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  1. #1
    3 Star Lounger
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    I have never used Mail Merge before. I am having just one problem.
    One of my merged fields is a number that I want to display as currency. I went online and hunted up how to do it.
    I right-clicked on the field, selected "edit field", clicked on "field codes" and added the "switch" to the field code so that the field codes field contained this:
    MERGEFIELD "Dues1 [\\# $##.00]"
    The data in the field now displays as currency, but a "]" displays at the end of it!
    $24.62] - like that.
    How do I get rid of that trailing bracket?

  2. #2
    3 Star Lounger
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    I fixed it!
    It turns out that adding a space before the closing bracket makes it disappear in the printed version. Stumbled on that totally by accident and don't understand it at all, but it did the trick.

  3. #3
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    Hi orgaizer,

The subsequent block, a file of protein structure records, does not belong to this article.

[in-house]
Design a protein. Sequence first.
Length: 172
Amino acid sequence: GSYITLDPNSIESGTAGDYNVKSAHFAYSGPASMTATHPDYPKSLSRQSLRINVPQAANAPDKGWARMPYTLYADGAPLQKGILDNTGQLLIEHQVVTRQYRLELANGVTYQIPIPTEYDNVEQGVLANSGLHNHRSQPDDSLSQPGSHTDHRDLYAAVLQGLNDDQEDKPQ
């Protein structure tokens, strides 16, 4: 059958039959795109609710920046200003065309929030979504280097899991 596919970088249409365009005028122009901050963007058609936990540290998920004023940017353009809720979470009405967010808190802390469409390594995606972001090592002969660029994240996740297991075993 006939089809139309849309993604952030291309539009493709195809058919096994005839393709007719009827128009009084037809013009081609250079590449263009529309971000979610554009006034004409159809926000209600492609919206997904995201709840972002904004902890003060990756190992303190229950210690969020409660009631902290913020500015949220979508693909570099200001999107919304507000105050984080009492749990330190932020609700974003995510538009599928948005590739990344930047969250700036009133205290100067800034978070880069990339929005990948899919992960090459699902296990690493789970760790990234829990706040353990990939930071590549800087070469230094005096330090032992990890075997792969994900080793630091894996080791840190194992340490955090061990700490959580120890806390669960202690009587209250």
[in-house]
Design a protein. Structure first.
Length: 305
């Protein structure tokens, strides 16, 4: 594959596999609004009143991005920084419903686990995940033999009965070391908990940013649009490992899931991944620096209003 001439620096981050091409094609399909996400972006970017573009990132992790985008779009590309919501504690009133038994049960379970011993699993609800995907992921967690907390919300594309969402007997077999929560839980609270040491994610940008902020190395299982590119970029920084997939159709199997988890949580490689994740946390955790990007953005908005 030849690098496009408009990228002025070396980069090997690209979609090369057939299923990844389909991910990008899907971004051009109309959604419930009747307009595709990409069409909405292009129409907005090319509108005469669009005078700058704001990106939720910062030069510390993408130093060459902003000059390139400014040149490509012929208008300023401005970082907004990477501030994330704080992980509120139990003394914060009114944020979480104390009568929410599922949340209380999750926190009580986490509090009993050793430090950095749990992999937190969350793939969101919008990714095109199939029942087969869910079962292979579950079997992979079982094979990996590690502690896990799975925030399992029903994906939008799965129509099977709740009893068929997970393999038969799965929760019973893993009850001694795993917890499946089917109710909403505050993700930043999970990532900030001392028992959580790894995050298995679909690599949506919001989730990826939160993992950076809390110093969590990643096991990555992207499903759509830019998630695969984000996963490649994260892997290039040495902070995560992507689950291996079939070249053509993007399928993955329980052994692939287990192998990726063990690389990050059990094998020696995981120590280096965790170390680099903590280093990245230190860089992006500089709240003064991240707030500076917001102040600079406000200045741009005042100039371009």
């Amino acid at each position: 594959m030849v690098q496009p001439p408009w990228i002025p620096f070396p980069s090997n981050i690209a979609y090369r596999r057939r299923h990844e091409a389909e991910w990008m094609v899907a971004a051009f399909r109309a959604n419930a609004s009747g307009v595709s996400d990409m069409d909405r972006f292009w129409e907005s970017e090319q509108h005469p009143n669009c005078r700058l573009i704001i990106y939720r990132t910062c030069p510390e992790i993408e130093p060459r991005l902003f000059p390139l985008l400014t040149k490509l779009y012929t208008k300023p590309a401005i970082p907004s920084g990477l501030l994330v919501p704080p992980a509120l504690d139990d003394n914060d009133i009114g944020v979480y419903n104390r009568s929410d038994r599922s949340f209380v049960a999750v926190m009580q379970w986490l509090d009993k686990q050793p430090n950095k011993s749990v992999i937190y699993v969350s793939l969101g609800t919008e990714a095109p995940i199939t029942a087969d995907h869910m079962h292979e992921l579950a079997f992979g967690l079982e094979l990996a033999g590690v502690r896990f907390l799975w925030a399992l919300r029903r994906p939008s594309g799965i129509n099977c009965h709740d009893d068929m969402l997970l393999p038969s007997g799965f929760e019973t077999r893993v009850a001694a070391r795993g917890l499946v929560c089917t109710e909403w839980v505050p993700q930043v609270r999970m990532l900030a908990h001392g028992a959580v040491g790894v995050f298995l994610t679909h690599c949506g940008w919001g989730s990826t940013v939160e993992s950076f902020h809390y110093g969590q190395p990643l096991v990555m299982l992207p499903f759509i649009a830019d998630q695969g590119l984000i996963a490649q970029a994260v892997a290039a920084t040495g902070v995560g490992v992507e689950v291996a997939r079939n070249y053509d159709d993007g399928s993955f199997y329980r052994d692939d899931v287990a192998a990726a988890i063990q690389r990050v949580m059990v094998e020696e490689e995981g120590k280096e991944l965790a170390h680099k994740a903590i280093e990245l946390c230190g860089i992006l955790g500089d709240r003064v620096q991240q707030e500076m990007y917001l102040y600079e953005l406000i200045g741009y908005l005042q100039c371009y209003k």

There are at least 3 problems with your mergefield's coding! There should be:
    1. no square brackets
    2. only one backslash
    3. no double quotes

    To control number & currency formatting in Word, add a numeric picture switch to the mergefield. To do this:
    . select the field;
    . press Shift-F9 to reveal the field coding. It should look something like {MERGEFIELD Dues1};
    . edit the field so that you get {MERGEFIELD Dues1 \# $,0.00} (or whatever other numeric format you prefer - see below);
    . position the cursor anywhere in this field and press F9 to update it;
    . run your mailmerge.

    Note: The '\# $,0.00' in the field is referred to as a numeric picture switch. Other possibilities include:
    . \# 0 for rounded whole numbers
    . \# ,0 for rounded whole numbers with a thousands separator
    . \# ,0.00 for numbers accurate to two decimal places, with a thousands separator
    . \# $,0 for rounded whole dollars with a thousands separator
    . \# "$,0.00;($,0.00);'-'" for currency, with brackets around negative numbers and a hyphen for 0 values


    The precision of the displayed value is controlled by the '0.00'. You can use anything from '0' to '0.000000000000000'.

    If you use a final ';' in the formatting switch with nothing following, (eg \# "$,0.00;($,0.00);") zero values will be suppressed. Note that this suppresses 0s resulting from empty fields and from fields containing 0s.
    Cheers,

    Paul Edstein
    [MS MVP - Word]

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